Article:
Bruce Pascoe, a Bunurong and Yuin man from Tasmania, delivers a stinging rebuke to historians and educators in a speech broadcast on 4ZZZ’s Paradigm Shift.
In the interview with Andy, Bruce Pascoe argues that aboriginal systems of food production and land management have been blatantly understated in modern re-tellings of Australian history by the New Left.
Listen to Andy’s interview with Bruce Pascoe, author of the book ‘Dark Emu – Black Seeds: Agriculture or Accident? ‘, on the pre-colonial agriculture and technology of aboriginal people. We speak about that history, about the challenge of recording it now, and about farming native yams.
Bruce points the bone at, not the revisionist history warrior, Keith Windshuttle, no, but Pascoe shames Manning Clarke, Gough Whitlam, Meanjin and Overland magazines for their failure to report in their books, speeches and articles that aboriginal Australia were horticulturalists and farmers long before the British colonialists arrived on the scene.
There is no doubt that the journals of early settlers Edward Curr, James Kirby, George Augustus Robinson, Mitchell and Sturt disclosed that there were yam, tuber and grain farmers among aboriginal nations.
The early settlers recognised this including my ancestor in Edward Micklethwaite Curr in his book RecollectionsofSquatting in Victoria. His cartwheels turned up tubers. Curr recognised that it was his sheep that destroyed the native crops cultivated for thousands of years by tribes living along the Murray River.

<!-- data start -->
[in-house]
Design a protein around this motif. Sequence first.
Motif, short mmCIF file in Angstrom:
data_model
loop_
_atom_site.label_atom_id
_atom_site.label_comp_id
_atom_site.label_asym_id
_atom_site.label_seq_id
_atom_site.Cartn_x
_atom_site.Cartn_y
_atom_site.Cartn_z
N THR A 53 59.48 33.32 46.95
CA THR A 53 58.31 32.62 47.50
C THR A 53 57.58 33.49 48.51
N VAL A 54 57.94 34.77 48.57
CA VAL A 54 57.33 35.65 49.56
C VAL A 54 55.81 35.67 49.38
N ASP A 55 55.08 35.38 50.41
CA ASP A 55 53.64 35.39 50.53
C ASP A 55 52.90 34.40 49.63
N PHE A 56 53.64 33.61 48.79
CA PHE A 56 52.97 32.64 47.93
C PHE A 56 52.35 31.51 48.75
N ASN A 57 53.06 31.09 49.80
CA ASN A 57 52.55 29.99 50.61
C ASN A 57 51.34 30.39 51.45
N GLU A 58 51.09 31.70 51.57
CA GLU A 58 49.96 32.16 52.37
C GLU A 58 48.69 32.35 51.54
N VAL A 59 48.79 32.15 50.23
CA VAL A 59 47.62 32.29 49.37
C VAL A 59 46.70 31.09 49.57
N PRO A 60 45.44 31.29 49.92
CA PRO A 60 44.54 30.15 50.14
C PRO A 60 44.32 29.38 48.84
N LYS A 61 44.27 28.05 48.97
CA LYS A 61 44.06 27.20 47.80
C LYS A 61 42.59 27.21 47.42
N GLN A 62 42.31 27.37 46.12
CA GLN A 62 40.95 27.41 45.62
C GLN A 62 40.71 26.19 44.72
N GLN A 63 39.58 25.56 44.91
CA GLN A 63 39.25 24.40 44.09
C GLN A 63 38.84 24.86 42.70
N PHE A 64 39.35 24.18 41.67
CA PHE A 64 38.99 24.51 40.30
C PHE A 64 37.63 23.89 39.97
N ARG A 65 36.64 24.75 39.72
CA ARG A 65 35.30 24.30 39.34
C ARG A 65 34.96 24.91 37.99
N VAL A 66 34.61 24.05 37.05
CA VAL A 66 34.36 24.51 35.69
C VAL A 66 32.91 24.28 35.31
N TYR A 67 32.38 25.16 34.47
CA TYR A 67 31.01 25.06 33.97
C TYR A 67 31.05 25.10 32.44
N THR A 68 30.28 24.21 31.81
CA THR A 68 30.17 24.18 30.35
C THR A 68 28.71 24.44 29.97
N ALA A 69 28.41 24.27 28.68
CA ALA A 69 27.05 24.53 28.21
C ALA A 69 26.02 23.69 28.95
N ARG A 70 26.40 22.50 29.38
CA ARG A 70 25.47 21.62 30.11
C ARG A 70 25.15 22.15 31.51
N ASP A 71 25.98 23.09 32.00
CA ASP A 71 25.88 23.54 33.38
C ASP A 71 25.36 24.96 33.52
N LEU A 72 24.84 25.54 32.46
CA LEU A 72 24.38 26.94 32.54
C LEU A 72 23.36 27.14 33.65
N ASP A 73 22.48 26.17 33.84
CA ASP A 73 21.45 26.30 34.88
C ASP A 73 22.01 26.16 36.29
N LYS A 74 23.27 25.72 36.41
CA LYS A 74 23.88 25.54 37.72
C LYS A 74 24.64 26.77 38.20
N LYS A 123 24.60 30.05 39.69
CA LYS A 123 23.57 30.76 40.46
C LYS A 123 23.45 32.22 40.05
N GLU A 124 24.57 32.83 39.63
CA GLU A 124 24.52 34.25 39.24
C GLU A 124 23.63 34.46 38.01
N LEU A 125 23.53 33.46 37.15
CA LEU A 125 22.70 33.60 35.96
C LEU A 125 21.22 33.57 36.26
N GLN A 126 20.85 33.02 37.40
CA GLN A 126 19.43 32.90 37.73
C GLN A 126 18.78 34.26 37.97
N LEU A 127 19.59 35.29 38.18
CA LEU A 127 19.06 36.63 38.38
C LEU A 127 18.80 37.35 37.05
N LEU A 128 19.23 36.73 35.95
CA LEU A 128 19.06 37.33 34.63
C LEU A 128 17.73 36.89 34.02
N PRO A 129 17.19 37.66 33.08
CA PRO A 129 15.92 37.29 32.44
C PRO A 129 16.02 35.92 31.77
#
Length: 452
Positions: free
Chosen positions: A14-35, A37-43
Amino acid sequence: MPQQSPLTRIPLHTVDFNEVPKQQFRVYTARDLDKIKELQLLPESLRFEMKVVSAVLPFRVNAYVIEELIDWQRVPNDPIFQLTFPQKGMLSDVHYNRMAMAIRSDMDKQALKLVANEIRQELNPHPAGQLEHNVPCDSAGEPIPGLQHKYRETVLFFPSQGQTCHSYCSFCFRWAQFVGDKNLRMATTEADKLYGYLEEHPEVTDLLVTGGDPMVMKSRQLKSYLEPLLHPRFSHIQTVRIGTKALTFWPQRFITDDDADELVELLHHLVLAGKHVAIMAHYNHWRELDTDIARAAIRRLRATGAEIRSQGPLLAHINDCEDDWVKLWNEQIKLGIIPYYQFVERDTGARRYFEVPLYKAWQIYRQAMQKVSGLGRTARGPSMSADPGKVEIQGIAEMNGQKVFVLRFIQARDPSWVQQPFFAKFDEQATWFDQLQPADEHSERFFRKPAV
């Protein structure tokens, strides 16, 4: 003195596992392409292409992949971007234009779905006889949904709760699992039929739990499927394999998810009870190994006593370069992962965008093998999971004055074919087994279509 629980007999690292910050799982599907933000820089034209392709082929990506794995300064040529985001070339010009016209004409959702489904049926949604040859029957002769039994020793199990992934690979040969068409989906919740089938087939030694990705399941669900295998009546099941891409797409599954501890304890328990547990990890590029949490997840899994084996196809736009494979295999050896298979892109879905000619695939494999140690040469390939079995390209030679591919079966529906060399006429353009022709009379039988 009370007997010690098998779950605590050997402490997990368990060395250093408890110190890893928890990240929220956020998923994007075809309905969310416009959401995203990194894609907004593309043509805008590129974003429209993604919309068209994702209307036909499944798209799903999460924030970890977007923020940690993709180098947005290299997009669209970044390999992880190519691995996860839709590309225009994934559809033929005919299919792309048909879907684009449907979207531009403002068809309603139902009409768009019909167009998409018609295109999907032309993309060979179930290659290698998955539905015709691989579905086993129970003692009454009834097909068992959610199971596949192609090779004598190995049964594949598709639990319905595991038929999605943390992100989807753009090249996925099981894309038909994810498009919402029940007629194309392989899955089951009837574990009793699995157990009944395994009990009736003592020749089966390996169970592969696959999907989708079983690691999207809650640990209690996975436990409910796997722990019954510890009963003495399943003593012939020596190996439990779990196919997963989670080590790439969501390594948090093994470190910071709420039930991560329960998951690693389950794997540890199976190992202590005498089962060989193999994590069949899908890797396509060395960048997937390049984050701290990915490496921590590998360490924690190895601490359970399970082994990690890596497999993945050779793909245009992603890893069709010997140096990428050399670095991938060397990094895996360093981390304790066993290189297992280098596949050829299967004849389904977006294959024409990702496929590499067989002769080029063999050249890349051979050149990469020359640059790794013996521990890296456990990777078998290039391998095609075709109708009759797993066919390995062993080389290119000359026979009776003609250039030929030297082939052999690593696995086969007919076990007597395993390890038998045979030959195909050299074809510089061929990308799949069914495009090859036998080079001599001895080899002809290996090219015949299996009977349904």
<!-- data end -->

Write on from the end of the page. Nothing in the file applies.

Sadly the High Court gave no credence to the historical record in its decision over the Yorta Yorta claim for land rights.
Yet no one could have read the historical novel, Secret River, written by Kate Grenville in 2005 or watched the series on ABC TV and not recognised that settlers on the Hawkesbury River stole the yam farms from the first nations people.
In the words of William Augustus Robinson in his report to the colonial office in London, Aboriginal people had ‘nowhere left to stand‘ thus provoking this ‘whispering in our hearts’.
Bruce Pascoe says, as an aboriginal man, he came across by accident the discoveries in early settlers journals. ‘Other people read them before me, but looking at it from an aboriginal people, professors did not see any significance to aboriginal civilisation’ says Pascoe. Young people between 5 and 25 are interested in it, says Bruce Pascoe. He learnt a lot about massacres that had ever been recorded, including people in his own family.
More recently historians Lyndall Ryan and Henry Reynolds and historical novels like The Secret River by Kate Grenville in 2005 reveal the stories documented by settlers in the 19th century.
Dark Emu inspired Bangarra dance company to create a choreography of the book.
Why did Manning Clarke miss this in his ‘Short History of Australia‘? Why didn’t Humphrey McQueen recognise the agricultural labour of Aboriginal first nations in The New Britannia?
Bruce Pascoe says that he has been taken to task by some well-meaning academics for his efforts.
In response Pascoe has reverted to native farming, growing tubers and native grains in Victoria.